Local climbing spots to explore before the snow comes
By Talia Green
It is no question Flagstaff often attracts people who are drawn to the outdoors. So, with the last few warm days of the seasons wrapping up, climbers of northern Arizona are flocking to the rocks to get in their last few outdoor climbs of the season.
From traditional climbing, to sport climbing, to bouldering, northern Arizona is home to a variety of diverse geography that can make for a climber’s dream. For the climbing community, there are many great outdoor climbing spots in the area, but there are a few that stand out among the rest.
Among climbing styles, bouldering is the most accessible outdoor activity. All a climber needs is a location, shoes and a crash pad.
“Bouldering is when you climb closer to the ground without ropes,” explains Jason Henrie, membership and marketing director at Flagstaff Climbing Center and climber of 20 years. “Ideally, you would be climbing low enough to where you could jump off the wall without hurting yourself.”
Most bouldering is on pieces of rocks that have fallen off of larger slabs. However, in variation to these large, angular-shaped boulders, a rock formation called the Priest Draw has been gorged out by water-formed limestone roofs, which make the area ideal for bouldering.
“The Priest Draw is very famous,” Henrie says. “It has limestone roofs, which is really a hard thing to find in bouldering; so, it became this thing in the United States where everyone wanted to come and sample it for this style because it is so unique.”
Climbers in the area are fortunate to have such rare resources only a twenty-minute drive from the city.
“I like climbing at The Draw because there are a lot of climbs that require balance and crimping [a finger hold technique], which make it really fun and challenging,” explains Lauren Hill, local freelance graphic designer and climber of one and a half years. “And it is a really fantastic place to climb because there is such an interesting style of rock.”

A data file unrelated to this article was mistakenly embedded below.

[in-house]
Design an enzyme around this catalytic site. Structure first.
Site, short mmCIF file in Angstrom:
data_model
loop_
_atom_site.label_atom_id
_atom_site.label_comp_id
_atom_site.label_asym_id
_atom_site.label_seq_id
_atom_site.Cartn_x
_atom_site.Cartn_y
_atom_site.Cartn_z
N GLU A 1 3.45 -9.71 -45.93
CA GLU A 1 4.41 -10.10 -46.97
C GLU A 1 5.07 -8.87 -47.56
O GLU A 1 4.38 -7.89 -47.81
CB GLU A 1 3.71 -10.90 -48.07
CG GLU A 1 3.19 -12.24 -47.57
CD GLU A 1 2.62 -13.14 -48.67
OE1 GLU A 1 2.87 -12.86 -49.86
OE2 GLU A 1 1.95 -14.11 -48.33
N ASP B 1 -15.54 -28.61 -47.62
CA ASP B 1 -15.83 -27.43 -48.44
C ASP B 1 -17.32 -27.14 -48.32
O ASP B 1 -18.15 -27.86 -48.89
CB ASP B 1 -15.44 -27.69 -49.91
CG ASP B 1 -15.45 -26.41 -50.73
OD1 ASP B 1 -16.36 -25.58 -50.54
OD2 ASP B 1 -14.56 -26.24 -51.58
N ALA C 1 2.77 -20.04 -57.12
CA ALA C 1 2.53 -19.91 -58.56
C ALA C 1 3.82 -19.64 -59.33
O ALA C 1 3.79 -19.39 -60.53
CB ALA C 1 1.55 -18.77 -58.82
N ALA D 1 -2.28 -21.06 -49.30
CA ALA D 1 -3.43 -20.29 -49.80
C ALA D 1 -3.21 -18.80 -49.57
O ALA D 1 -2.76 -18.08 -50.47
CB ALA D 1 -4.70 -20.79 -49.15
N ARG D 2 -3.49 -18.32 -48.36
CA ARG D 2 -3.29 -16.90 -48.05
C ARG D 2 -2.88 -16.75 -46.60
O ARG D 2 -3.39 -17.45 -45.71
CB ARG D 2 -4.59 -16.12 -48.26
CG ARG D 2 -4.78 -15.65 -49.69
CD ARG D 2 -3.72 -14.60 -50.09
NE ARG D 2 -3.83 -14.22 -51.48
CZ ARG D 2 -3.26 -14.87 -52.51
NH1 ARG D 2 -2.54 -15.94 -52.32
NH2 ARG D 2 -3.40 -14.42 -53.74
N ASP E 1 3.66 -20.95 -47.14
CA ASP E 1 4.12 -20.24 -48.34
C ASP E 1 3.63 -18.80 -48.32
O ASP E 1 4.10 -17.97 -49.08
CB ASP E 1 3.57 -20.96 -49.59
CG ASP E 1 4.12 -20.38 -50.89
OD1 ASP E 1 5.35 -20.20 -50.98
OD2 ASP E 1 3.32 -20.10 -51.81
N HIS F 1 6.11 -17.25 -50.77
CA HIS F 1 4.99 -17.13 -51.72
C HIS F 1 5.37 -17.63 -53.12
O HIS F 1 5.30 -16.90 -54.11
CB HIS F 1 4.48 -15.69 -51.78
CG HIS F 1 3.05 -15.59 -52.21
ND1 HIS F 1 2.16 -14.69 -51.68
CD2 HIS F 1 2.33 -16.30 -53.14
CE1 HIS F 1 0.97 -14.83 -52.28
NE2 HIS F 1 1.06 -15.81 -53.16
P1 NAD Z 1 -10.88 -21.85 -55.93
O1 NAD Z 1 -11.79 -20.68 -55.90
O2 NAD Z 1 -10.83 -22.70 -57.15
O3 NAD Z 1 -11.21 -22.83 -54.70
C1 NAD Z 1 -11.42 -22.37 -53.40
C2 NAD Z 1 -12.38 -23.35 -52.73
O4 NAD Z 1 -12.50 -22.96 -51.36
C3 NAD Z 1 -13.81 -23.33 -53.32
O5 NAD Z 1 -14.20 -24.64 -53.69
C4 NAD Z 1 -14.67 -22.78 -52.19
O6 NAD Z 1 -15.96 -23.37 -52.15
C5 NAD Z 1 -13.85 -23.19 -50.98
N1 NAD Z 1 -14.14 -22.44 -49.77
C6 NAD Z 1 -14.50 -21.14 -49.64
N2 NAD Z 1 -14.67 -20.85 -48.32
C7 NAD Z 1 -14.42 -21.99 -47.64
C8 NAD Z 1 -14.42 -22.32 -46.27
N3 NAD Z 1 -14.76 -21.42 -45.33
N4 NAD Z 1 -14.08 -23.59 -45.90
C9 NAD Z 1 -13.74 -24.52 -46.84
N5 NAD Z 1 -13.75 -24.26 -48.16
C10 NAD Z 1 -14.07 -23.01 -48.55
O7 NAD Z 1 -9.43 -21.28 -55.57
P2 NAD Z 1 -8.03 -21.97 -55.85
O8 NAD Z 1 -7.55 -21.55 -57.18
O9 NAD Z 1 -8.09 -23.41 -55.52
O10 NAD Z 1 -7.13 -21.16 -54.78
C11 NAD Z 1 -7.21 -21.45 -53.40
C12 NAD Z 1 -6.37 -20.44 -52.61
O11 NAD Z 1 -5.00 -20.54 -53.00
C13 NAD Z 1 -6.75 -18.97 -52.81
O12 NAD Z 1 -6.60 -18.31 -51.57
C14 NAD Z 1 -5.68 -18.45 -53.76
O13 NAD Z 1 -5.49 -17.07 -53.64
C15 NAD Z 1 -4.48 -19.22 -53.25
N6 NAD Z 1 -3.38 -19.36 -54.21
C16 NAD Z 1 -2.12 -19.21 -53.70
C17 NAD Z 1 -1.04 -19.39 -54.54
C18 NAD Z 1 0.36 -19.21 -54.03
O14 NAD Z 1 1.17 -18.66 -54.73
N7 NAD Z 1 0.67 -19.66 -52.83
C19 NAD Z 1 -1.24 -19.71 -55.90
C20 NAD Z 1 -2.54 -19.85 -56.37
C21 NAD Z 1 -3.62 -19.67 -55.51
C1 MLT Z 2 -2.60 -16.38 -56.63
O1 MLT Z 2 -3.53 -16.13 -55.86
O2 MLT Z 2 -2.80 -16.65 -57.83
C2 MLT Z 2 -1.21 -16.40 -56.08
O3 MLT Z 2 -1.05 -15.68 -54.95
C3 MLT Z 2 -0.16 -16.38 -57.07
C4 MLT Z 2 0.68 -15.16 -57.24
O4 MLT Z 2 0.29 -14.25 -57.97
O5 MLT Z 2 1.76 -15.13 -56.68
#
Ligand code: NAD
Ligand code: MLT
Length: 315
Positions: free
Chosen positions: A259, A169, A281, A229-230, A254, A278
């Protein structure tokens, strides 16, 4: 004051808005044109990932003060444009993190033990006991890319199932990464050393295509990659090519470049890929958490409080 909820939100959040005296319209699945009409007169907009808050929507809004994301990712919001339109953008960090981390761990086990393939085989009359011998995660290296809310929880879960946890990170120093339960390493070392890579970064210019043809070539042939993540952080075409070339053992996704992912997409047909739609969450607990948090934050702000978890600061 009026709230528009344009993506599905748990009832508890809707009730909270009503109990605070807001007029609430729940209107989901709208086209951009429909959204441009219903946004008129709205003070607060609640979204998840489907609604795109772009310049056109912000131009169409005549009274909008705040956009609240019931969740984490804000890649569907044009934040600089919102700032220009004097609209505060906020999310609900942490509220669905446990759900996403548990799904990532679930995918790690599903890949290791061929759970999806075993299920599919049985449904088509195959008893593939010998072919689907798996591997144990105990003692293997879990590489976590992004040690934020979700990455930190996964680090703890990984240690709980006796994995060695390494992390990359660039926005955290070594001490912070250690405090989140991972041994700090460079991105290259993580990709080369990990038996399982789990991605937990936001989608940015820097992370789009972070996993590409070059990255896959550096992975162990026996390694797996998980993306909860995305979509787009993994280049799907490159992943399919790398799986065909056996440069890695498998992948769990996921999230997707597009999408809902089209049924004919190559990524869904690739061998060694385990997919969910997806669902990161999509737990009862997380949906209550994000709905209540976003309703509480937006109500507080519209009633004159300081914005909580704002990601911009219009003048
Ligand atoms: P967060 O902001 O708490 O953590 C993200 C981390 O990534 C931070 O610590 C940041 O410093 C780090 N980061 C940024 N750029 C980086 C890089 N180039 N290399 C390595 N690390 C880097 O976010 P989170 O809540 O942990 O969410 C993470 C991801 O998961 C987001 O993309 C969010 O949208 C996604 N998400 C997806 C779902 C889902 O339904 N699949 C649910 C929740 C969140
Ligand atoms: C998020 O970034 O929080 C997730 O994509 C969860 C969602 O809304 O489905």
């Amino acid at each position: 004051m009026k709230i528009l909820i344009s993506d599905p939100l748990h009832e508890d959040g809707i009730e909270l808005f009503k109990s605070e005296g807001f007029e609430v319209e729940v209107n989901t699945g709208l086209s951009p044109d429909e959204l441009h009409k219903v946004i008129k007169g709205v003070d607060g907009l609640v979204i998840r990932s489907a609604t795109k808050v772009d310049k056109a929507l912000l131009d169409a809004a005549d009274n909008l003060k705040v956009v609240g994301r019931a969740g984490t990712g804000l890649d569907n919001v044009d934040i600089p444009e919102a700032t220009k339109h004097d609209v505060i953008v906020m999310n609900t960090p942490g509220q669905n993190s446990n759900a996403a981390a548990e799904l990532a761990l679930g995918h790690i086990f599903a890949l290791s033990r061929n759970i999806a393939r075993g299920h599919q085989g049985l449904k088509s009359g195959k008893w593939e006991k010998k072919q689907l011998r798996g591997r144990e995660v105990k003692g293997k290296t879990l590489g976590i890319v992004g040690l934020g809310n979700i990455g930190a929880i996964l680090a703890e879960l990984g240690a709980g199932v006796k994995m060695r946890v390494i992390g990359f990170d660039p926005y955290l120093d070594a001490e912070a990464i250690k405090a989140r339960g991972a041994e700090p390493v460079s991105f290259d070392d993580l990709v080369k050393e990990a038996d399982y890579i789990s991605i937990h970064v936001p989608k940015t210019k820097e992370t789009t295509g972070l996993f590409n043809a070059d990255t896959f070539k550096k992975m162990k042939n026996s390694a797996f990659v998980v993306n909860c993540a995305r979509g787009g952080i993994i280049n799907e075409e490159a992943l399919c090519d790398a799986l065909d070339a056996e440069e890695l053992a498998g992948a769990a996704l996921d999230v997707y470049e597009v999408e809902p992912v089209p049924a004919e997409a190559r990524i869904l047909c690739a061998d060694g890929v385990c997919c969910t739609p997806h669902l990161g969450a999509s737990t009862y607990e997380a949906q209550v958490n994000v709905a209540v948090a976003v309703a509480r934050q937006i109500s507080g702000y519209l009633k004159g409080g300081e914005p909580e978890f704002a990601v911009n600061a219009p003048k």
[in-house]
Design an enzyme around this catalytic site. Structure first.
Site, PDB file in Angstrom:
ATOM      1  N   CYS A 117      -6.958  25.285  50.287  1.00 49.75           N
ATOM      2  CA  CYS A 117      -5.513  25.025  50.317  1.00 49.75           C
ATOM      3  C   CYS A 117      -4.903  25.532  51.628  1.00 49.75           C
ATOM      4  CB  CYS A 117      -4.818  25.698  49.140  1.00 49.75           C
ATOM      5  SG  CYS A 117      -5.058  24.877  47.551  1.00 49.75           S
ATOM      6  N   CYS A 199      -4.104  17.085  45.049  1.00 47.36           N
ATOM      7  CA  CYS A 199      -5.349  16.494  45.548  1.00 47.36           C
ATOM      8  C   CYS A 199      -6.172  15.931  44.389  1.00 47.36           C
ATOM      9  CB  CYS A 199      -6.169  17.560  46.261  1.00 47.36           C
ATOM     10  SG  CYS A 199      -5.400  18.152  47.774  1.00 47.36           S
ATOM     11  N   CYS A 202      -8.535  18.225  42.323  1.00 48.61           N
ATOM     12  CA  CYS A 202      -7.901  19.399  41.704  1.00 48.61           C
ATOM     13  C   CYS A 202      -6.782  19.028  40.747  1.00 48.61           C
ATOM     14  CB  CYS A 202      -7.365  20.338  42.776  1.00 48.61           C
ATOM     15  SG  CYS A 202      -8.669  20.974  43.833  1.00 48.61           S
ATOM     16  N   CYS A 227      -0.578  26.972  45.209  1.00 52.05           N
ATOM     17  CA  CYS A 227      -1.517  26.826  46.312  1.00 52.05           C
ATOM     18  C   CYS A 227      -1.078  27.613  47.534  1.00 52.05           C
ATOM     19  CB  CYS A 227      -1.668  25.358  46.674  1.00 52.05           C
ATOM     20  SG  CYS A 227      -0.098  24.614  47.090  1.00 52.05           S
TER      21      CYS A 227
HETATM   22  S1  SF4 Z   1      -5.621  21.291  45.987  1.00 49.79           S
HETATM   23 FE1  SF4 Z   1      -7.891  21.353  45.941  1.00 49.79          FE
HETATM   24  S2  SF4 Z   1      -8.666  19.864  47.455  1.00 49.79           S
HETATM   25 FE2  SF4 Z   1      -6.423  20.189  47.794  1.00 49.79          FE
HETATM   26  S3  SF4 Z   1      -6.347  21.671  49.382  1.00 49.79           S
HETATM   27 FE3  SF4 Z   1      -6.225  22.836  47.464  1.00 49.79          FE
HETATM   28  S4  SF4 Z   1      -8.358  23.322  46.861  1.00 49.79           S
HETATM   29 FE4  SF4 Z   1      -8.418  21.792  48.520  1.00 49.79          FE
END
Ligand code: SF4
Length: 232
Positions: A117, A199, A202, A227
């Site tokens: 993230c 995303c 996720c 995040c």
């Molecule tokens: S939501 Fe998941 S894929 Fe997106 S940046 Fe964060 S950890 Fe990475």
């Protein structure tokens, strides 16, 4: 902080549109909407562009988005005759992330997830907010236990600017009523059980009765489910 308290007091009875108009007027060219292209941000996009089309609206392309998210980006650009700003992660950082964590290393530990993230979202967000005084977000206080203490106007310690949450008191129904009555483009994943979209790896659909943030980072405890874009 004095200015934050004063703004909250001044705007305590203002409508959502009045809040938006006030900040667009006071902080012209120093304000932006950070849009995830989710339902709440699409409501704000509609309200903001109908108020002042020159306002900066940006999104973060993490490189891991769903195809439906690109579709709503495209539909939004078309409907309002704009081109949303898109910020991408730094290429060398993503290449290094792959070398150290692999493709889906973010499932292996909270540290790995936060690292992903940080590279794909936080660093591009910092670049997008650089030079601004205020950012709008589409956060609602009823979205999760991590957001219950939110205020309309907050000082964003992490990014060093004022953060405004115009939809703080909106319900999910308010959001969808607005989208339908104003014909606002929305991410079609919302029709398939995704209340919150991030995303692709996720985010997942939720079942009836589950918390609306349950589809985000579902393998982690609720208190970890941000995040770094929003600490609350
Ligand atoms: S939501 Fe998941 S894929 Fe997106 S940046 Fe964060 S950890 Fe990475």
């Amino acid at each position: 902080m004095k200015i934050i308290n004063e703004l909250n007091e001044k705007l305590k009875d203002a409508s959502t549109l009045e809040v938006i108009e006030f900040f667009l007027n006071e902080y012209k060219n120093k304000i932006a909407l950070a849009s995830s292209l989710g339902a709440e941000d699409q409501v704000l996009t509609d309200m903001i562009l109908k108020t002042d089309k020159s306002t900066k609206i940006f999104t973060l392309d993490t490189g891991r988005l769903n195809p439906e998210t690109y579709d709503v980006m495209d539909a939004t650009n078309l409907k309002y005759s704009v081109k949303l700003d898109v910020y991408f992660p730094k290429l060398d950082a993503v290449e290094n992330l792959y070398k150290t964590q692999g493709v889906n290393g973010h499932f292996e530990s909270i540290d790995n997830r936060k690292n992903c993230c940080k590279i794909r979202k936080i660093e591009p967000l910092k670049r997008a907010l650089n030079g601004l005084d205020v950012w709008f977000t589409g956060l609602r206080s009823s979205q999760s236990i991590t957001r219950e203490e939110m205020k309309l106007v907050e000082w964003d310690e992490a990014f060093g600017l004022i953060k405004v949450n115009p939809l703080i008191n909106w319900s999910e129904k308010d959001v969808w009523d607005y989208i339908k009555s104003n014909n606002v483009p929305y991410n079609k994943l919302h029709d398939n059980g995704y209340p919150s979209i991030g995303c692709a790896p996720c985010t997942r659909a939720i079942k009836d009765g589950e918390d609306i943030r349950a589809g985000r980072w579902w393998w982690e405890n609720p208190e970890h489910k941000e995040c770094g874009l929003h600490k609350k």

When it comes to bouldering, Flagstaff is privileged to host a unique arena for climbing that attracts people from all over. The Priest Draw is located down Lake Mary Road and is where to find an exceptional afternoon of bouldering.
Taking the intensity up a notch opens the door to sport climbing, and in the Flagstaff area, one of the best places for climbers to sport climb is Jacks Canyon.
“Sport climbing is climbing with bolts that are close enough protection that if you fall, you shouldn’t hit ledges or the ground,” Henrie says. “You should be able to focus on the difficulty of the climbing rather than the fall factor.”
Just half an hour south of Winslow, Jacks Canyon is known for its gymnastic climbing opportunities. By car, it is no more than an hour and a half from Flagstaff, and local climbers take advantage of this nearby crag.
“It represents what a lot of people think of sport climbing,” Henrie says. “There are close bolts, so it’s more gymnastic rather than scary. You don’t have to worry about falling and hurting yourself as much, so you can push your limits without focusing on those risks as much.”